Put down your phone if you want to innovate

We live in an interstitial period. In the early 1980s, we entered an era of office computing that culminated in the crash of the Internet bubble, a financial bubble that we reinforced by a 2000 consulting fee and spending on material alongside an irrational exuberance of . This last interstitial era, a time in which computers became smaller stranger thinner and more powerful preceded us , after a long period of boredom, in the mobile era in which we exist now. If you want to help innovate over the next decade, it's time to admit that phones, like the desktops that precede them, are a stalemate.

Every decade, we create and touch the limits of our creation. The speed at which we improve – without innovating – increases and the difference between a 2007 iPhone and a modern Pixel 3 is incredible. But what can the Pixel that the original iPhone or Android phones can not? Not a lot.

We are limited by the use cases offered by our current technology. In 1903, a bike was a bike and could not fly. Until the Wright brothers and others convert the mechanical movement into an elevator, we are able to take off. In 2019, a phone is a phone and really can not interact with us as long as it remains a separate part of our body. As long as no one goes beyond these limits, will we be able to flee.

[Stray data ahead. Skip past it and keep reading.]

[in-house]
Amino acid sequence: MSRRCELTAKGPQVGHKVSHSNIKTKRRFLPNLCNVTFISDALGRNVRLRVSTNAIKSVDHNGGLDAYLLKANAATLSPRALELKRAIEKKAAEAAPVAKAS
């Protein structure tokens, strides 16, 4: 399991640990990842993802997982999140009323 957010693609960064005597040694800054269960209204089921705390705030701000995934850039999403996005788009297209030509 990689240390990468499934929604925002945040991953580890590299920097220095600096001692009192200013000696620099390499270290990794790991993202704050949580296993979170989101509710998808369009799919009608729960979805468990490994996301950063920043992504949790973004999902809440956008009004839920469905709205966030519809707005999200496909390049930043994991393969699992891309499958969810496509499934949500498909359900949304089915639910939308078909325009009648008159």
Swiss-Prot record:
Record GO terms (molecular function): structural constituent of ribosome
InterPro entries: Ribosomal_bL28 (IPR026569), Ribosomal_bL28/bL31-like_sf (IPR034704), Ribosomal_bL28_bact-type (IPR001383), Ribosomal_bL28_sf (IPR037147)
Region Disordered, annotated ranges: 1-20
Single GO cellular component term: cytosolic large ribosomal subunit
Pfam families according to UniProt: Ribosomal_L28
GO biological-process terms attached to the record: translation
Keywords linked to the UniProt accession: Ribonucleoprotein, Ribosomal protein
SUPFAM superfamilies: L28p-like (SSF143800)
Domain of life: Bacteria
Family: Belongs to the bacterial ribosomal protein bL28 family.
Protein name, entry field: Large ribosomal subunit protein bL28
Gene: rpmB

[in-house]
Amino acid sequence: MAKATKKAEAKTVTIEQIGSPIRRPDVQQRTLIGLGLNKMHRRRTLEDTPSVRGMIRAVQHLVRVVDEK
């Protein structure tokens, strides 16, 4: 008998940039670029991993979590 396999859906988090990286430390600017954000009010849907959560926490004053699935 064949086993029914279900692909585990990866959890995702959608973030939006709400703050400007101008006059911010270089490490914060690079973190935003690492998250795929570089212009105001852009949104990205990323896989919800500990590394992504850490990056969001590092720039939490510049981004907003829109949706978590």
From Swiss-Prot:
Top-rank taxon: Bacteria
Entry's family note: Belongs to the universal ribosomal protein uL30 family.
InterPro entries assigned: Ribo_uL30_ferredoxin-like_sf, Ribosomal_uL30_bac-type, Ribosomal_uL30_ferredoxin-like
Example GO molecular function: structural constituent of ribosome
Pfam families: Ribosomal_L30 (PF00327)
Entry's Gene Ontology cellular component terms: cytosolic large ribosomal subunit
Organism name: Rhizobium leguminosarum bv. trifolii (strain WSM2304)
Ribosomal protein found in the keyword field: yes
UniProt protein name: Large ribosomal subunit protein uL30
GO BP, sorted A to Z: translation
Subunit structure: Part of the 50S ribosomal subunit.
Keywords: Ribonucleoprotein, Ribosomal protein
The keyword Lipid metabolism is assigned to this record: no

Although I do not ask myself about the future of mobile technology, I'll note that until we put our phones away and look at the world, we will not do anything important. We can take better photos and take FaceTime time, but as long as we do not see the limits of these technologies, we will no longer be able to see the world from the outside.

We are entering a new year (and a new CES ) and we can expect more from the same thing. It is safe and comfortable to stay in the screen-eye-eye link, creating virtual reality devices that are essentially face-stricken phones and big computers pretending to be televisions. What is the next step? Where are these devices going? How are they changing? How to compress and transform user interfaces? Until we actively think about it, we will stay stuck.

Maybe you are here. You should hurry up. If this period ends as quickly and decisively as the previous ones, the available opportunity will be at best limited. Why did not the RV take off? Because he's still on the edge, being explored by people stuck in mobile thinking. Why are machine learning and AI so slow? Because the use cases are aimed at chatbots and better customer interaction. Until we start looking beyond the black mirror (see what I did?) From our phones, the innovation will fail.

Every application launched, every image scrolled, every tap, every moment folded on a stupid improvement of Facebook, is a brick of rampart against a better and unexpected future. So put down your phone this year and build something. Soon, it may be too late.

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